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Thai crypto exchange Bitkub looks to gaming to expand market presence

Written by Nikkei Asia Published on   3 mins read

CEO Topp says Bitkub wants to give Thailand a chance as its future IPO site.

Thailand’s largest digital asset exchange, Bitkub, announced on Tuesday a partnership with Bangkok-listed game publisher Asphere in an effort to reverse the local industry’s fortunes after last year’s “crypto winter.”

Asphere, the publisher of hit games, including Ragnarok Online, bought a 9.22% stake in Bitkub Online exchange from Bitkub Capital Group for THB 600 million (USD 17.5 million). Bitkub hopes to combine its blockchain infrastructure with Asphere’s content offerings and user base of 180 million people across six Southeast Asian countries.

“It’s good to prepare the infrastructure now before the country reaches an inflexion point. When content meets infrastructure, one plus one equals 10,” Bitkub founder and group CEO Topp Jirayut Srupsrisopa told Nikkei Asia in an exclusive interview.

Bitkub Online ended 2022 with a profit of THB 341.87 million (USD 9.8 million), down 86% from 2021 after its own regulatory hurdles and a failed acquisition by Siam Commercial Bank. Thai digital asset exchanges suffered a 79% drop in trading volume last year, but the liquidity crisis at No. 2 exchange Zipmex helped Bitkub grow its market share to 75.4%, with 2 million users, according to crypto data analyst CoinGecko.

Crypto’s bad year was an opportunity for Bitkub to evaluate redundancies and inefficiencies in the company, said Topp. Bitkub Capital announced it had laid off 5.5% of its staff last week.

Investing in Bitkub is also a strategic move for Asphere, which changed its name from Asiasoft in March and plans to invest THB 1.2 billion (USD 34.7 million) to expand beyond game publishing to blockchain, media and marketing, and venture capital. South Korean gaming companies have made similar investments in crypto exchanges.

Asphere’s games are popular in the four Southeast Asian countries — Vietnam, the Philippines, Indonesia and Thailand — that rank in the top 12 for crypto ownership worldwide. Asphere and Bitkub in September launched Kubplay Entertainment, a joint venture to develop platforms for blockchain-supported gaming.

The venture’s first rollout this year will be TSX, a version of an online game set in ancient China, where players can buy and hold in-app assets, and receive rewards denominated in kubcoin, Bitkub’s native cryptocurrency.

The companies expect to see revenue from the joint venture in the fourth quarter, when a formidable rival, the global crypto exchange Binance, is set to begin operating in Thailand.

“As long as there is good and fair competition, the market is big enough for everyone,” Topp said.

While crypto ownership among Thais is still less than 10%, the Thai Securities and Exchange Commission has set regulations for digital asset licenses and tokens. The regulator issued new regulations on initial coin offerings this year, with industry input.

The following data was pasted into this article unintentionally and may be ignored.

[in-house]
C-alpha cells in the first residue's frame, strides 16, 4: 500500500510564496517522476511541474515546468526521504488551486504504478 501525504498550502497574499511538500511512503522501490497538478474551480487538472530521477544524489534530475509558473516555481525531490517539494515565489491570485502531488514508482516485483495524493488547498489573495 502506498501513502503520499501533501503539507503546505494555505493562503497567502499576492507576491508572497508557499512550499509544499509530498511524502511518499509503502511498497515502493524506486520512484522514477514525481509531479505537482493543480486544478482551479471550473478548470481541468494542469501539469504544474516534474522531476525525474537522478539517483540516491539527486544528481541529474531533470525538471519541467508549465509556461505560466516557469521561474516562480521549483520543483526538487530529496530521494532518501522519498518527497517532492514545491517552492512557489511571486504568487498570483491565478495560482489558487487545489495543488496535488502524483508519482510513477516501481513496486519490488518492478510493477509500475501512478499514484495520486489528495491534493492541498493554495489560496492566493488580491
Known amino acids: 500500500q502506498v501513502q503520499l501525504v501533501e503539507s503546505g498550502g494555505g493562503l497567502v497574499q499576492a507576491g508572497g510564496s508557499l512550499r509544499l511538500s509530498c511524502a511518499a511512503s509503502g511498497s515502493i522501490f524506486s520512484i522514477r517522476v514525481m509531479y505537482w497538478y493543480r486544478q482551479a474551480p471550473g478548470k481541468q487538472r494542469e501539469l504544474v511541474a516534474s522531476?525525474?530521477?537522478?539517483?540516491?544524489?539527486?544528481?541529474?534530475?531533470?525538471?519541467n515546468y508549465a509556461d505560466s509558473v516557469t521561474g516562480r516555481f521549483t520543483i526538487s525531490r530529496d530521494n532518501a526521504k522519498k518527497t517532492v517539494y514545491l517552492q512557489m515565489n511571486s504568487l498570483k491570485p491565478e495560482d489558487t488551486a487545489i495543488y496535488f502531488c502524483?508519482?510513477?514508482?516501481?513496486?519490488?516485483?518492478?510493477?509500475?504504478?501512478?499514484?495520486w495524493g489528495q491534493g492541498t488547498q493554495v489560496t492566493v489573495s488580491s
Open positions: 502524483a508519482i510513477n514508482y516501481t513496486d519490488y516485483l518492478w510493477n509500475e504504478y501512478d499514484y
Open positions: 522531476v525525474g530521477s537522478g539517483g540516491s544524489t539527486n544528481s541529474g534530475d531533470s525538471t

“We need to bridge the communication gap” between regulators and crypto operators, Topp said. “The keyword is standardization — of governance and regulations, and definitions across the world, especially on scalability and security,” he added.

Bitkub will take at least two more years before an initial public offering, preferably in Bangkok. “We want to give a chance to Thailand,” Topp said.

But Hong Kong could also be an option if market conditions in the city, which has aggressively courted fintech companies, are more hospitable to crypto startups than Bangkok. Regulatory crackdowns in the US and Europe have driven fintech and crypto companies to seek refuge in Hong Kong and Dubai.

“Crypto will take off more in emerging markets in the Asia-Pacific, not in countries with higher sunk costs in legacy infrastructure,” Topp said.

The Bitkub founder added that 2024 could be a “golden year” for crypto, as central banks hit the ceiling on interest rate hikes, and the supply of new bitcoin is halved again in April. Bitcoin’s price has stabilized at USD 30,000 in the past month, rising 80% this year and 33% since the crash in the summer of 2022.

“Next year could be the last time there will be volatility in the price,” Topp predicted, a hurdle bitcoin needs to clear to prove itself a digital form of gold.

“I don’t think the next down cycle will be bad because of the institutional money coming in. For institutional money to enter, the market needs to be fully regulated and have the security infrastructure,” he said.

Aside from gaming, central bank digital currencies could bring crypto into the mainstream, or “on-ramp.” The Bank of Thailand began a pilot program for a digital baht with selected banks late last year.

“I hope we see the actual product soon,” said Topp. “Once people on-ramp, they rarely off-ramp.”

This article first appeared on Nikkei Asia. It has been republished here as part of 36Kr’s ongoing partnership with Nikkei.


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